And this simple, intuitive idea, it turns out makes a lot of physical sense when we actually use it, well beyond whatever limitations the original intuition might have (e.g. the biological inefficiency of our own bodies in doing "work", for example) thus we keep it. In particular it leads us to the concept of kinetic and potential energy, and their total ends up being conserved, thus showing we hit upon a core physical concept in the Universe. There isn't really any more of a "why" than this - it's science. Science is about the application of intuition or imagination, evidence, and reasoning, together, to understand how the world works. Intuition and imagination generate ideas for what is going on from which we can reason out consequences, and then we use evidence to see if those consequences are borne out and so whether or not that our ideas connect with reality.

## How do you know that you moved something?

• You (not something else) must have pushed it. That's force.

• It must have actually gone somewhere. That's distance.

So we define "work" as the product of these two things.

Physicists soon discovered that this definition is actually useful for calculating the behavior of systems. When you do work on an object, the same amount of work is taken away from you. Thus, the total amount of work that has been done (or could be done) inside a system remains a constant amount.

From this simple concept, you can elaborate it into the more rigorous definition:

• The distance is only meaningful during the interval to which your force is applied. Any continued motion by inertia doesn't count as your work.
• Positive work means "adding" to an object's movement. Negative work means "taking away" an object's movement.
• The force can be at an angle to the distance (introduce dot product).
• The force can vary (introduce integral over distance).
• We can talk about work that has been done in the past, and the ability to do work in the future (energy).
• We can calculate the work done in various scenarios, leading to some generally-useful formulas ($mgh$, $\frac{1}{2}mv^2$, etc.).
• We can more rigorously examine conservation of energy.

I see several answers that all seem to explain it, but for someone trying to understand the why, perhaps it's best answered simply.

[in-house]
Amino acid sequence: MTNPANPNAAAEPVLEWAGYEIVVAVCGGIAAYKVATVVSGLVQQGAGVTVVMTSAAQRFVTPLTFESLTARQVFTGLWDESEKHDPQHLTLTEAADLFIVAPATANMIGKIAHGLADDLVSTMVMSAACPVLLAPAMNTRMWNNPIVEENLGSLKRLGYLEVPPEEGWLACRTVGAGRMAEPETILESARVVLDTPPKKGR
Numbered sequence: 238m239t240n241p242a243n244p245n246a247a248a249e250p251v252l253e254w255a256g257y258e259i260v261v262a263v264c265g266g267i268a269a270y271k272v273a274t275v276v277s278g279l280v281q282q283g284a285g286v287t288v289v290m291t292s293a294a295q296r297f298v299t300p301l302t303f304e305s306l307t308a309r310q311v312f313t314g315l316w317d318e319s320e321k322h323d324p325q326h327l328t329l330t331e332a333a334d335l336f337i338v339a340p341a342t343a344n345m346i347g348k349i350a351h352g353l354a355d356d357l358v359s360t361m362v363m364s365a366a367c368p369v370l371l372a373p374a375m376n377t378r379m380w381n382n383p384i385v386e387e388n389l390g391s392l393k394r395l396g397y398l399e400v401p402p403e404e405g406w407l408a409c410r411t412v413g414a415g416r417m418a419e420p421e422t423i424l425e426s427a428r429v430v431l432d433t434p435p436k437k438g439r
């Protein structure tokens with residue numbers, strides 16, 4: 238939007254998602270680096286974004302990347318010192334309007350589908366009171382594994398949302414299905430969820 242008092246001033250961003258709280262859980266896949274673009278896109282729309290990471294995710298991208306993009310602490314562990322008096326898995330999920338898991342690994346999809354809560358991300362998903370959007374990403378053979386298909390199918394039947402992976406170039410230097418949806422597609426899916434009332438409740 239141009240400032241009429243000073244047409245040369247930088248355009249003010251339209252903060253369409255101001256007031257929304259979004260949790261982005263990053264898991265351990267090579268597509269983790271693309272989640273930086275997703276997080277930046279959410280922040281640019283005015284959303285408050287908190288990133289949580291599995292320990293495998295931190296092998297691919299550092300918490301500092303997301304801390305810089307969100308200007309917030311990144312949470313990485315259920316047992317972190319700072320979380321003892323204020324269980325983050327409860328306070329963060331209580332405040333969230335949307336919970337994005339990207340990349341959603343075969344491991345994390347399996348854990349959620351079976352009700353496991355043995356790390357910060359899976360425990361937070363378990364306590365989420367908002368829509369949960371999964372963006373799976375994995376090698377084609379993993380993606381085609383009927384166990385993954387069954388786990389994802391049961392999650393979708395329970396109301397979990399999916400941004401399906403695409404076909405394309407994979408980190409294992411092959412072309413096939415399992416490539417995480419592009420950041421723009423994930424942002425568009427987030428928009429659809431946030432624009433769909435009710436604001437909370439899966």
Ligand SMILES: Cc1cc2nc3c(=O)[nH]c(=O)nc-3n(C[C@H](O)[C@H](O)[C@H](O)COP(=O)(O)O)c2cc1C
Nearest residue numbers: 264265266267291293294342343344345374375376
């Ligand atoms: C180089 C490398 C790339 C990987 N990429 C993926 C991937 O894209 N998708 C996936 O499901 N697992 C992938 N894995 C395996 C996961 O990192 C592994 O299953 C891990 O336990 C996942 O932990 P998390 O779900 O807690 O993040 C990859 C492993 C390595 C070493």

It is going to be a lot more "work" for me to push a heavy trashcan out the door and down the driveway than the amount of "work" for me to just push the trashcan out of the house.

• The OP is thinking of an object pushed in outer space. If you apply a force to the object for 1 second it would, potentially, move forever. He's wondering how you calculate the 'forever' movement. The answer is, you only pushed for 1 second - the movement due to inertia in a frictionless environment has nothing to do with the calculation of applied work. – CramerTV Sep 13 '18 at 19:33

When a weight is sitting on the floor, the floor is applying a force to the weight (and vice versa), but no distance. And it should make intuitive sense that there's no work being done.

For your example of a weight in a vacuum: if you push it with force 1N for distance 1m, and then stop pushing, it will move forever at constant speed. If you push another block with force 1N for distance 2m, it will move forever at a higher constant speed. You did more work to it, so it has more kinetic energy.

Think of a unit of work as what you do when you lift a kilogram to a height of a metre. How do you do 2 units of work? You lift that kilogram 2 metres. 3 units? 3 metres. Etc. If you lift something the work you do is the force you exert times the distance traveled (height raised).

For your example of pushing a body in a vacuum you are only doing work while you are actually pushing, and so making it go faster. If you let it coast you are not doing work because the force during this time is zero.

The work you put in is the change of the energy of the object. When you lift the weight the work you have done becomes potential energy (stored energy). When you push the object in space the work you do becomes kinetic energy (energy of movement). You can change the potential energy to kinetic energy by letting the thing fall, and obviously it will be falling faster after it has fallen for a greater height.

• Peter, can you please remove whichever parts of this post are not actually part of your answer? A lot of this seems to consist of contributions from other people, and it's hard to follow exactly which bits are yours. – Dawood ibn Kareem Sep 15 '18 at 2:20
• Rahul, thank you for removing the additional material – Peter Sep 15 '18 at 11:49

Other answers have covered the misunderstandings around the $$W=F \cdot d$$ equation. I think it's also worth noting that "distance travelled" is not a form of energy. In physics, the phrase "doing work" means converting energy from one form to another, so you don't need to do any work to travel infinite distance. You only need to do work at the beginning to get some kinetic energy.